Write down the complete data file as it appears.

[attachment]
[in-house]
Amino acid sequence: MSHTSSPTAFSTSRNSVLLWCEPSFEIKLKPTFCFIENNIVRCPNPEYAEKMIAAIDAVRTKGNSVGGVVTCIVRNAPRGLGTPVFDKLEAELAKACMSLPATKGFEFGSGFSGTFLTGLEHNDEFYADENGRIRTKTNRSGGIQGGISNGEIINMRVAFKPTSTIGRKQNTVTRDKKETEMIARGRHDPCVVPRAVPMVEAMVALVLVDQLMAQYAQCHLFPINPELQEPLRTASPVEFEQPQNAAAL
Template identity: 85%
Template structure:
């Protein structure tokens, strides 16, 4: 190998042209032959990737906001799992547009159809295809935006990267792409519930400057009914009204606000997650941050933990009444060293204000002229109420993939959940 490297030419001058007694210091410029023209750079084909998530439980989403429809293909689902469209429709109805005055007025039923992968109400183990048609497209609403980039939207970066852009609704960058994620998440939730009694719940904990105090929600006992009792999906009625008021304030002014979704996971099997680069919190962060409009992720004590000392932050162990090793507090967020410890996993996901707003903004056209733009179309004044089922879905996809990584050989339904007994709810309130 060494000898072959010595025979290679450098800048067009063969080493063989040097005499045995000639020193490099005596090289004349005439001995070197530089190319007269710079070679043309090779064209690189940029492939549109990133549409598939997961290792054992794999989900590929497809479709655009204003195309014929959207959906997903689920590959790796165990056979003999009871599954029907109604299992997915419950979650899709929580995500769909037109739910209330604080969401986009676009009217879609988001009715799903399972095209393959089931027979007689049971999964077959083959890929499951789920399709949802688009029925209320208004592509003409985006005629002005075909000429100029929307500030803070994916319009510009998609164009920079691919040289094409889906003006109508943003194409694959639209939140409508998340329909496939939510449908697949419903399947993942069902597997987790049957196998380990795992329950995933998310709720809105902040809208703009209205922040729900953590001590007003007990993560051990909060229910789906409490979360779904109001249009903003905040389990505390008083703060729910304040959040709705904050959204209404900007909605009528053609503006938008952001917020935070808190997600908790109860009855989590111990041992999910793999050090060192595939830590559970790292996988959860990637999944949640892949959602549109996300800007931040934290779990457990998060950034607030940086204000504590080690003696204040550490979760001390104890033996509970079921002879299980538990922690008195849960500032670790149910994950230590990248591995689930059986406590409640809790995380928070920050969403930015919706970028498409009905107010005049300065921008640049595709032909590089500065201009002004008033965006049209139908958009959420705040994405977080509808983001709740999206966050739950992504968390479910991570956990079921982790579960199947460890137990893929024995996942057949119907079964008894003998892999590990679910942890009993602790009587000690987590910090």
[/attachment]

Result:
[in-house]
Amino acid sequence: MSHTSSPTAFSTSRNSVLLWCEPSFEIKLKPTFCFIENNIVRCPNPEYAEKMIAAIDAVRTKGNSVGGVVTCIVRNAPRGLGTPVFDKLEAELAKACMSLPATKGFEFGSGFSGTFLTGLEHNDEFYADENGRIRTKTNRSGGIQGGISNGEIINMRVAFKPTSTIGRKQNTVTRDKKETEMIARGRHDPCVVPRAVPMVEAMVALVLVDQLMAQYAQCHLFPINPELQEPLRTASPVEFEQPQNAAAL
Template identity: 85%
Template structure:
């Protein structure tokens, strides 16, 4: 190998042209032959990737906001799992547009159809295809935006990267792409519930400057009914009204606000997650941050933990009444060293204000002229109420993939959940 490297030419001058007694210091410029023209750079084909998530439980989403429809293909689902469209429709109805005055007025039923992968109400183990048609497209609403980039939207970066852009609704960058994620998440939730009694719940904990105090929600006992009792999906009625008021304030002014979704996971099997680069919190962060409009992720004590000392932050162990090793507090967020410890996993996901707003903004056209733009179309004044089922879905996809990584050989339904007994709810309130 060494000898072959010595025979290679450098800048067009063969080493063989040097005499045995000639020193490099005596090289004349005439001995070197530089190319007269710079070679043309090779064209690189940029492939549109990133549409598939997961290792054992794999989900590929497809479709655009204003195309014929959207959906997903689920590959790796165990056979003999009871599954029907109604299992997915419950979650899709929580995500769909037109739910209330604080969401986009676009009217879609988001009715799903399972095209393959089931027979007689049971999964077959083959890929499951789920399709949802688009029925209320208004592509003409985006005629002005075909000429100029929307500030803070994916319009510009998609164009920079691919040289094409889906003006109508943003194409694959639209939140409508998340329909496939939510449908697949419903399947993942069902597997987790049957196998380990795992329950995933998310709720809105902040809208703009209205922040729900953590001590007003007990993560051990909060229910789906409490979360779904109001249009903003905040389990505390008083703060729910304040959040709705904050959204209404900007909605009528053609503006938008952001917020935070808190997600908790109860009855989590111990041992999910793999050090060192595939830590559970790292996988959860990637999944949640892949959602549109996300800007931040934290779990457990998060950034607030940086204000504590080690003696204040550490979760001390104890033996509970079921002879299980538990922690008195849960500032670790149910994950230590990248591995689930059986406590409640809790995380928070920050969403930015919706970028498409009905107010005049300065921008640049595709032909590089500065201009002004008033965006049209139908958009959420705040994405977080509808983001709740999206966050739950992504968390479910991570956990079921982790579960199947460890137990893929024995996942057949119907079964008894003998892999590990679910942890009993602790009587000690987590910090």